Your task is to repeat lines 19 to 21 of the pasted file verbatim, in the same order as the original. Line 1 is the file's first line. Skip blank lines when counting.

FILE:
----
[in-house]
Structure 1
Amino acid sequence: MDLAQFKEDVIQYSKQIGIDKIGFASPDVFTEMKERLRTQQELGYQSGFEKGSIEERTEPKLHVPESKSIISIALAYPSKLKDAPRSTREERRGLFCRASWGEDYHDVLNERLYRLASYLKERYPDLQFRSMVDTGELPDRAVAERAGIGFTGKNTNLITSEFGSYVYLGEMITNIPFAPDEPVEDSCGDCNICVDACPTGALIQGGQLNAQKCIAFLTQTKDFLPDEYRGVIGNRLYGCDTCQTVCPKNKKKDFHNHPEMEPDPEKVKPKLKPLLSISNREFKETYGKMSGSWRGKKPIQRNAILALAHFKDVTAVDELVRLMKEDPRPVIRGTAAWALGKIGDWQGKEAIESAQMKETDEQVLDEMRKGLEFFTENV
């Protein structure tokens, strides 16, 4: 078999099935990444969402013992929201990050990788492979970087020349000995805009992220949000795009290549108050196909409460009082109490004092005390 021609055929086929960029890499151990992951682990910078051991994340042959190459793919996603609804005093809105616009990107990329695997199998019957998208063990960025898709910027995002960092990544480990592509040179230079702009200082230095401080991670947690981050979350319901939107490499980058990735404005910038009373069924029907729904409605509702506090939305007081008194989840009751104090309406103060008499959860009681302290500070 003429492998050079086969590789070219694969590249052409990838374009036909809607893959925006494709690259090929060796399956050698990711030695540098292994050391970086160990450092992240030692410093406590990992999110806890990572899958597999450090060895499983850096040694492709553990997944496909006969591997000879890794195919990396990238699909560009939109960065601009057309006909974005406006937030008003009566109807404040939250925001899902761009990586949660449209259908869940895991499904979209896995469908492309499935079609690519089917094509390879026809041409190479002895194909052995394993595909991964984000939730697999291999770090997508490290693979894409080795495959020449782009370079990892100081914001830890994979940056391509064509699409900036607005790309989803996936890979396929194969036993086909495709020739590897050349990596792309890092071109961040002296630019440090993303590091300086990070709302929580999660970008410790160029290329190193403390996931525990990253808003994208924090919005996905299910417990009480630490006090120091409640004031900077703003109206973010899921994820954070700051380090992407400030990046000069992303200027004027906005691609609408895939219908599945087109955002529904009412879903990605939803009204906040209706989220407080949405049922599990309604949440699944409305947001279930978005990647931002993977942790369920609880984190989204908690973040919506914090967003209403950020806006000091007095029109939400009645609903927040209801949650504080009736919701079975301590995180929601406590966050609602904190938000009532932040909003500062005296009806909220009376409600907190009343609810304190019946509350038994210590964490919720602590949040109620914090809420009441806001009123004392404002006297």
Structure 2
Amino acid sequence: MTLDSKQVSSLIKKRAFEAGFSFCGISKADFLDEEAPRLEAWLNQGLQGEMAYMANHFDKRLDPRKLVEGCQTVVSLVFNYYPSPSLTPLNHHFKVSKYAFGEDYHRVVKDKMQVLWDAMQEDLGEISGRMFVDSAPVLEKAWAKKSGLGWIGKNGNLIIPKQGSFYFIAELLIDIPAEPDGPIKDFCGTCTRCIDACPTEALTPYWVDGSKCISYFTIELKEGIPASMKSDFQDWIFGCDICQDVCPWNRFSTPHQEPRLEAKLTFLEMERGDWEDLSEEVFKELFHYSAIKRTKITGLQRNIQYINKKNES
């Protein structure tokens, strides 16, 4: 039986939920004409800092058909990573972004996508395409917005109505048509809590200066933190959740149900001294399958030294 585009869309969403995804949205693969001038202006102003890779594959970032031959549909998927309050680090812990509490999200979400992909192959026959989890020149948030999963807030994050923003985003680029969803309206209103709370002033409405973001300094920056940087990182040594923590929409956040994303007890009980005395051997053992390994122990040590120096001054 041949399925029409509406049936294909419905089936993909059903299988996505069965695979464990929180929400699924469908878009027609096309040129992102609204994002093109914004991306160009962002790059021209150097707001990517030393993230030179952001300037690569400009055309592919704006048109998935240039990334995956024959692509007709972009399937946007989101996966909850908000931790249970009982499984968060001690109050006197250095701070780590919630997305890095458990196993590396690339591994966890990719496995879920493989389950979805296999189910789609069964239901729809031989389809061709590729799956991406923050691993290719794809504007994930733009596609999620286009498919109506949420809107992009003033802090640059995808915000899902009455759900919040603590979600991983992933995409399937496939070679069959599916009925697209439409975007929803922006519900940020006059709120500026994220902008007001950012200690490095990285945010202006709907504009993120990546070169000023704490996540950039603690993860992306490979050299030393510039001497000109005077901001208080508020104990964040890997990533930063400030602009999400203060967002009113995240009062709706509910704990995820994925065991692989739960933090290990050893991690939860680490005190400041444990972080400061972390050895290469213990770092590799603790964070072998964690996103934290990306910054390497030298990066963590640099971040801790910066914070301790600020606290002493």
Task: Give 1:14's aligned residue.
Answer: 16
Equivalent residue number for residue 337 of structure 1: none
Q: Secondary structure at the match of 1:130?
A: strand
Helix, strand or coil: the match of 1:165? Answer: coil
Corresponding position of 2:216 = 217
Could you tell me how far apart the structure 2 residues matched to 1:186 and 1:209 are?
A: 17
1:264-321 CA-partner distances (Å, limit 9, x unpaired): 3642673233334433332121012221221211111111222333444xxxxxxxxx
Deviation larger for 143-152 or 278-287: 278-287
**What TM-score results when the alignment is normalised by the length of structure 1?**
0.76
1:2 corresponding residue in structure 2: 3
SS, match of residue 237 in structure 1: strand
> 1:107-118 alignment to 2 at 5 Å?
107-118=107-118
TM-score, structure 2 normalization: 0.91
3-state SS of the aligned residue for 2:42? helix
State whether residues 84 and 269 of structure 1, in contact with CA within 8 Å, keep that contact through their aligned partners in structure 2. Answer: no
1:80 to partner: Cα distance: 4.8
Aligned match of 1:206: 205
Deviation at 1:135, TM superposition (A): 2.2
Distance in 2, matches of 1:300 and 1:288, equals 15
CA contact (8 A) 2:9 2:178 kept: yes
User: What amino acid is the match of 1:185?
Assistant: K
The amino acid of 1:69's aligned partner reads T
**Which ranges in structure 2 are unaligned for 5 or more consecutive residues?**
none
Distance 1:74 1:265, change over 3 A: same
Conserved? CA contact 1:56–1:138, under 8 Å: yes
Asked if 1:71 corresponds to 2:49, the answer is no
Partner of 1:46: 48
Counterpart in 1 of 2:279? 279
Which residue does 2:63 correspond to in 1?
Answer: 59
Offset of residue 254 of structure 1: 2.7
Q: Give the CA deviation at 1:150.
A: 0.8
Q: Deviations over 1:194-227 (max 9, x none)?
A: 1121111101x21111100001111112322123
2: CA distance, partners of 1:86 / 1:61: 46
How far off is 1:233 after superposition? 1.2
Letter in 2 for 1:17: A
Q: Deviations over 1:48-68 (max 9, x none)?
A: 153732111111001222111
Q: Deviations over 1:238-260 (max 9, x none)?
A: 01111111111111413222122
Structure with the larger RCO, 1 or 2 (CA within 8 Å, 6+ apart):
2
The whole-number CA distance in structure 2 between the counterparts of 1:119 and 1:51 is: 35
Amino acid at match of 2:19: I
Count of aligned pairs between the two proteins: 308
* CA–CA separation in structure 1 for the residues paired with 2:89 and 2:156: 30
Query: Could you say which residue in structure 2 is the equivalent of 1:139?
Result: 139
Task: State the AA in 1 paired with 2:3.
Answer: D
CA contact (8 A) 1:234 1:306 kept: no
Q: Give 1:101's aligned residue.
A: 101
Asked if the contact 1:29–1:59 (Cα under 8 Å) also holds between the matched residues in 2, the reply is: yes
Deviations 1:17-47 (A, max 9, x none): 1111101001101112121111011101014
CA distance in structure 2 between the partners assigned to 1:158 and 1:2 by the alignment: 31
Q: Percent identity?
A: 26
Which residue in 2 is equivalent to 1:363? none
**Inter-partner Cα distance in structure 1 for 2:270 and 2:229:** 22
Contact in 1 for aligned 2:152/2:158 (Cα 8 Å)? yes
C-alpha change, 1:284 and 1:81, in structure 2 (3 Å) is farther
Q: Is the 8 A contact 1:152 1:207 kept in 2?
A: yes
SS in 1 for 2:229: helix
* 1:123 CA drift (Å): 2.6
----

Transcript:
**What TM-score results when the alignment is normalised by the length of structure 1?**
0.76
1:2 corresponding residue in structure 2: 3